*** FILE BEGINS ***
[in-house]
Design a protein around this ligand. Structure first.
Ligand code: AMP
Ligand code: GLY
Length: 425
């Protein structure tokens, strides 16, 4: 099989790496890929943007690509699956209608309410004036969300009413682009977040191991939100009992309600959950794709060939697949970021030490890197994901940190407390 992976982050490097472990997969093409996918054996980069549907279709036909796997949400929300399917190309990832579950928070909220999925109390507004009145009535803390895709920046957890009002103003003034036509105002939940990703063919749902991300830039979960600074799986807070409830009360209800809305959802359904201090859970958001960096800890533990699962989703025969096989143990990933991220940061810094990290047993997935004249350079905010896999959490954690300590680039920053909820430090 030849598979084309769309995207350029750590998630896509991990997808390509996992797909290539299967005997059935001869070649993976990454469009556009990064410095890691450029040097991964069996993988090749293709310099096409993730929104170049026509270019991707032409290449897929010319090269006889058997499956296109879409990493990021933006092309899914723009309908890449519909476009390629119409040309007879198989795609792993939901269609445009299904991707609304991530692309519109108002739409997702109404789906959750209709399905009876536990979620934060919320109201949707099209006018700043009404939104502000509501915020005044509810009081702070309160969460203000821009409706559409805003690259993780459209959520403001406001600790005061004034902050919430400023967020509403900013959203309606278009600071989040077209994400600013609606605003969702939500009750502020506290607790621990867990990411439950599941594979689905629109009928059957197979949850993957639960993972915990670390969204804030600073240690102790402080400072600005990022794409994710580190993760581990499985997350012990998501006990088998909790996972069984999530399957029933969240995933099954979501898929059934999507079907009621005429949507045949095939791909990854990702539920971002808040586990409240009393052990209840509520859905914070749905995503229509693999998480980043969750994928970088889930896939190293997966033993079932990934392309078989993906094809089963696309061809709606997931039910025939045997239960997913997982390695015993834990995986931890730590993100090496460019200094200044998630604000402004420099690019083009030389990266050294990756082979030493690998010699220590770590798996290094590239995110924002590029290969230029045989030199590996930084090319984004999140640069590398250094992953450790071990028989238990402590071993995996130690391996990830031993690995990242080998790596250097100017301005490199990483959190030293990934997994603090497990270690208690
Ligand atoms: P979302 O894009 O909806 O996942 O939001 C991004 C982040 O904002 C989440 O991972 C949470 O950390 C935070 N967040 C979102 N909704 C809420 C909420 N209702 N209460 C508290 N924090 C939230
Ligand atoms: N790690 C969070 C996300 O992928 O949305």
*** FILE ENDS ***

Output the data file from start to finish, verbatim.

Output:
[in-house]
Design a protein around this ligand. Structure first.
Ligand code: AMP
Ligand code: GLY
Length: 425
């Protein structure tokens, strides 16, 4: 099989790496890929943007690509699956209608309410004036969300009413682009977040191991939100009992309600959950794709060939697949970021030490890197994901940190407390 992976982050490097472990997969093409996918054996980069549907279709036909796997949400929300399917190309990832579950928070909220999925109390507004009145009535803390895709920046957890009002103003003034036509105002939940990703063919749902991300830039979960600074799986807070409830009360209800809305959802359904201090859970958001960096800890533990699962989703025969096989143990990933991220940061810094990290047993997935004249350079905010896999959490954690300590680039920053909820430090 030849598979084309769309995207350029750590998630896509991990997808390509996992797909290539299967005997059935001869070649993976990454469009556009990064410095890691450029040097991964069996993988090749293709310099096409993730929104170049026509270019991707032409290449897929010319090269006889058997499956296109879409990493990021933006092309899914723009309908890449519909476009390629119409040309007879198989795609792993939901269609445009299904991707609304991530692309519109108002739409997702109404789906959750209709399905009876536990979620934060919320109201949707099209006018700043009404939104502000509501915020005044509810009081702070309160969460203000821009409706559409805003690259993780459209959520403001406001600790005061004034902050919430400023967020509403900013959203309606278009600071989040077209994400600013609606605003969702939500009750502020506290607790621990867990990411439950599941594979689905629109009928059957197979949850993957639960993972915990670390969204804030600073240690102790402080400072600005990022794409994710580190993760581990499985997350012990998501006990088998909790996972069984999530399957029933969240995933099954979501898929059934999507079907009621005429949507045949095939791909990854990702539920971002808040586990409240009393052990209840509520859905914070749905995503229509693999998480980043969750994928970088889930896939190293997966033993079932990934392309078989993906094809089963696309061809709606997931039910025939045997239960997913997982390695015993834990995986931890730590993100090496460019200094200044998630604000402004420099690019083009030389990266050294990756082979030493690998010699220590770590798996290094590239995110924002590029290969230029045989030199590996930084090319984004999140640069590398250094992953450790071990028989238990402590071993995996130690391996990830031993690995990242080998790596250097100017301005490199990483959190030293990934997994603090497990270690208690
Ligand atoms: P979302 O894009 O909806 O996942 O939001 C991004 C982040 O904002 C989440 O991972 C949470 O950390 C935070 N967040 C979102 N909704 C809420 C909420 N209702 N209460 C508290 N924090 C939230
Ligand atoms: N790690 C969070 C996300 O992928 O949305």